LAZARUS: That's right. Once the President of the United States had announced the decision. He is the commander in chief, he's the chief executive. EPA had no choice but to follow it. And the way they decided to follow it was actually to deny Joe's petition. So they denied Joe's petition in August 2003. They announced that greenhouse gases are not air pollutants, and when they denied the petition, that's when Joe had the right to sue. Because they made a final decision at that point. They overrode the advice of the career people at EPA who said, just sit on it, don't do anything with this. And they said, No, we're gonna formalize it. We're gonna win in the courts. So they triggered a lawsuit. And, the environmental groups were all in.
CURWOOD: What was the actual case that Massachusetts petitioners were making?
LAZARUS: Yeah, so the actual argument they made was sort of three things. And these are the three issues that hit the United States Supreme Court. To bring a case in federal court, you have to have what is called Article III standing. And to have standing, you have to show you have injury, you have to have concrete, imminent injury. So the first thing they argued was, the injury from climate change satisfies the constitutional standard for standing. That was the ground on which the environmental groups and the states could not afford to lose. And that was why many people who believe strongly in climate change, were so worried about the Supreme Court case here. Because if they lost on that threshold issue, and the court said, this is just too different. It's so removed out in time and space over hundreds of years and thousands of miles, it doesn't fit the court's test for injury. If the court had ruled that, it would have been game over for all climate change cases in the federal court. So the first thing they argued was, the injury from climate change satisfies the constitutional standard for standing. The second thing they argued was that greenhouse gases are air pollutants, within the meaning of the statute. The first issue of standing is a question of constitutional law. The second issue is a question of how you read the federal statute. Then the third argument they made was that EPA, in not deciding yet, whether greenhouse gas emissions from automobiles endanger public health and welfare, had abused its discretion. They were required now to actually at least make that endangerment determination, or decide whether to make that endangerment determination. So those were the issues in front of the court. They lost in the lower court and the DC circuit. And that's what, those are three issues they successfully brought to the United States Supreme Court.
CURWOOD: Richard, to what extent did the real politic of this, that is, the concern about climate disruption and what was being said and written in this period of time, put a bit of the wind at the back of these petitioners?
LAZARUS: Yeah, I think it undoubtedly did put a bit of wind, as science became clear. I talked to Justice John Paul Stevens. Justice John Paul Stevens, I refer to him as "the Jedi Master". He's the one who wrote the opinion for the United States Supreme Court and did an incredible job of sort of helping to keep that five justice majority. And what Justice Stevens told me, and this is part of the reason he wanted to write the opinion himself in the case, was he was frustrated. He was frustrated with the fact that so many people, including Republicans, and he was Republican, were not taking the climate change issue seriously, the global warming issue. And he thought that was a mistake. And he wanted this case and the way he wrote the opinion to be a wakeup call. What he told me was, he said, sometimes he writes opinions which are just to other lawyers, and the lawyers in the case. But other times he wrote opinions to the general public, and to policymakers. And this one, he's writing to the general public. So if you read his first few paragraphs of his opinion, it's all about climate change. It's all about the threat of climate change. And he even says who the respected scientists are. He said, the respected scientists are the ones who believe this is a real threat and that humankind is causing it. What's fascinating though, is you look to the parties and the environmental groups in this case -- in seeking Supreme Court review, and then how they pitched the case to the justices, they deliberately did not make it all about climate. They downplayed the climate dimension of the case. And that's because they were lawyers, and they were really good lawyers. And they understood the best environmental lawyers are not the best environmentalist. The best environmental lawyers are the best lawyers. They had to convince five Justices on the Supreme Court. And actually, the Justices, even the liberals, it's not as though environmental issues are their first order. There were no Justice William Douglasses on the Court, back then or even now. There are those who are more sympathetic or less sympathetic. So what they did to get the Court to take the case is they made it a question of administrative law and remedial law. They understood that maybe environmentalists, what makes their heart go pitter-patter and excites them to great passion, is like, climate change. What excites Justices and makes their heart go pitter-patter is administrative law.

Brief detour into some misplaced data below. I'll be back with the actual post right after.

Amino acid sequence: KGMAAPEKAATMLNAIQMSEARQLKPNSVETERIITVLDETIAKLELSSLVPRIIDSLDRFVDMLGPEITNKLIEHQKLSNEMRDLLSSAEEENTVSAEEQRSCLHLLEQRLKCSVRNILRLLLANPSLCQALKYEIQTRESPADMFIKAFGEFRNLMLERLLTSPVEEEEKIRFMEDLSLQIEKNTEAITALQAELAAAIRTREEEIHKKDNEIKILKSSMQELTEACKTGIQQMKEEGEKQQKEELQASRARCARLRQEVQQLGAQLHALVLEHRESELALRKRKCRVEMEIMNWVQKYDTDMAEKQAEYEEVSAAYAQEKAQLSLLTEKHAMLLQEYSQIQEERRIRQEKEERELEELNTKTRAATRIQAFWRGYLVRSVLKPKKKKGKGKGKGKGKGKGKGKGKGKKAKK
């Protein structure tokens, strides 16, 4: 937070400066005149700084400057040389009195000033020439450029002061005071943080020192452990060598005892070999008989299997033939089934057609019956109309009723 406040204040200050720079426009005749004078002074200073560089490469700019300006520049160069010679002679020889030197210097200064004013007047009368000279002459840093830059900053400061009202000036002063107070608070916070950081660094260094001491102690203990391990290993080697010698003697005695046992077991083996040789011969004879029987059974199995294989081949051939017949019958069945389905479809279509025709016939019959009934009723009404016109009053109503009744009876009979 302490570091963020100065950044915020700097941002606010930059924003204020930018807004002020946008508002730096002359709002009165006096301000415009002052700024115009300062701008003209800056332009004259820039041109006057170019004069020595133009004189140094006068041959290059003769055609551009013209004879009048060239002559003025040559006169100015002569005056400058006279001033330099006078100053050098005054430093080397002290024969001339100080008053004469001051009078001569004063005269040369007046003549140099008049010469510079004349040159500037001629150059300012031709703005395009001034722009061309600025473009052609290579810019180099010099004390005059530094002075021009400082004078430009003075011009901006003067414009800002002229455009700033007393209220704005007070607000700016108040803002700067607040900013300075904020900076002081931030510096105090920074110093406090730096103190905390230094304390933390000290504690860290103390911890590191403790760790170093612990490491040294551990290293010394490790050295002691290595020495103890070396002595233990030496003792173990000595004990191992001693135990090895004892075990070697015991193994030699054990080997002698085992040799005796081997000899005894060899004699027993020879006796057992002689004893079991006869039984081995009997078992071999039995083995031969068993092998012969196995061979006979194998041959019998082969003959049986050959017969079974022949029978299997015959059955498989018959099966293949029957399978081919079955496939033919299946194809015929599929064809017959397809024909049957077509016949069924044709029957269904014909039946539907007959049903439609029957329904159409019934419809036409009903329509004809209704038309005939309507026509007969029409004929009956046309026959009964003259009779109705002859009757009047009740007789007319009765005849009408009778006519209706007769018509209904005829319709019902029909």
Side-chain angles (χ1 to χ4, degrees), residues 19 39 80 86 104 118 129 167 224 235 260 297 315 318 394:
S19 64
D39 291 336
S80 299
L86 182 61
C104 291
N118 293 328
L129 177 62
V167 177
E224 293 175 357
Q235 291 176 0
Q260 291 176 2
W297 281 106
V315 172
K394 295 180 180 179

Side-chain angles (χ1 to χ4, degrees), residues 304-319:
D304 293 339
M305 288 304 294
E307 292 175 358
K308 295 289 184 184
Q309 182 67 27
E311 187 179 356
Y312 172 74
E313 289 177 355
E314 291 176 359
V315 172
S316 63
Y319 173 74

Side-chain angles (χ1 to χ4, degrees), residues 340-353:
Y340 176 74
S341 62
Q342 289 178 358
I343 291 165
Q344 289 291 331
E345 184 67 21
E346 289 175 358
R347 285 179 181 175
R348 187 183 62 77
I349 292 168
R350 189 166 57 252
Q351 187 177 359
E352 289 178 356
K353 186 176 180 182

CURWOOD: I’m speaking with Harvard Law professor Richard Lazarus about his new book, The Rule of Five: Making Climate History at the Supreme Court. We’ll be back right after the break with how the petitioners fought and won the landmark Massachusetts versus EPA case. That’s just ahead here on Living on Earth!
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CURWOOD: It’s Living on Earth, I’m Steve Curwood.
We continue our conversation now with Harvard Law Professor Richard Lazarus, whose new book, The Rule of Five, chronicles the harrowing journey of one of the most important environmental cases to be heard before the US Supreme Court.